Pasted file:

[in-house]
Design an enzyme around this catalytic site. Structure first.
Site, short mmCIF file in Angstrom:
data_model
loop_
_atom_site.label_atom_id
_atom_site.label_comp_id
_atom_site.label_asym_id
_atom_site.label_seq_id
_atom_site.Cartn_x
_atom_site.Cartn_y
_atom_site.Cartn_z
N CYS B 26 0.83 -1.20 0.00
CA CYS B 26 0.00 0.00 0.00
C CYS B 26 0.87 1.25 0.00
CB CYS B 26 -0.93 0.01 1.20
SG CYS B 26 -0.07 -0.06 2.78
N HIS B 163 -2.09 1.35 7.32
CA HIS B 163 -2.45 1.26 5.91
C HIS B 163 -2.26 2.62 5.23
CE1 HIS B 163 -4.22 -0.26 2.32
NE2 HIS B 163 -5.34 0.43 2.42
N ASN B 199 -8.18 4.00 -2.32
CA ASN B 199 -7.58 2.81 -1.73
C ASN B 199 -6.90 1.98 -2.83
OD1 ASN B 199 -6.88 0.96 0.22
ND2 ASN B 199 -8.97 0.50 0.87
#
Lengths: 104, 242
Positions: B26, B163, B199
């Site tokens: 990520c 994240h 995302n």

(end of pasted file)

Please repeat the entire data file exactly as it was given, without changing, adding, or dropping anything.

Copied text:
[in-house]
Design an enzyme around this catalytic site. Structure first.
Site, short mmCIF file in Angstrom:
data_model
loop_
_atom_site.label_atom_id
_atom_site.label_comp_id
_atom_site.label_asym_id
_atom_site.label_seq_id
_atom_site.Cartn_x
_atom_site.Cartn_y
_atom_site.Cartn_z
N CYS B 26 0.83 -1.20 0.00
CA CYS B 26 0.00 0.00 0.00
C CYS B 26 0.87 1.25 0.00
CB CYS B 26 -0.93 0.01 1.20
SG CYS B 26 -0.07 -0.06 2.78
N HIS B 163 -2.09 1.35 7.32
CA HIS B 163 -2.45 1.26 5.91
C HIS B 163 -2.26 2.62 5.23
CE1 HIS B 163 -4.22 -0.26 2.32
NE2 HIS B 163 -5.34 0.43 2.42
N ASN B 199 -8.18 4.00 -2.32
CA ASN B 199 -7.58 2.81 -1.73
C ASN B 199 -6.90 1.98 -2.83
OD1 ASN B 199 -6.88 0.96 0.22
ND2 ASN B 199 -8.97 0.50 0.87
#
Lengths: 104, 242
Positions: B26, B163, B199
């Site tokens: 990520c 994240h 995302n």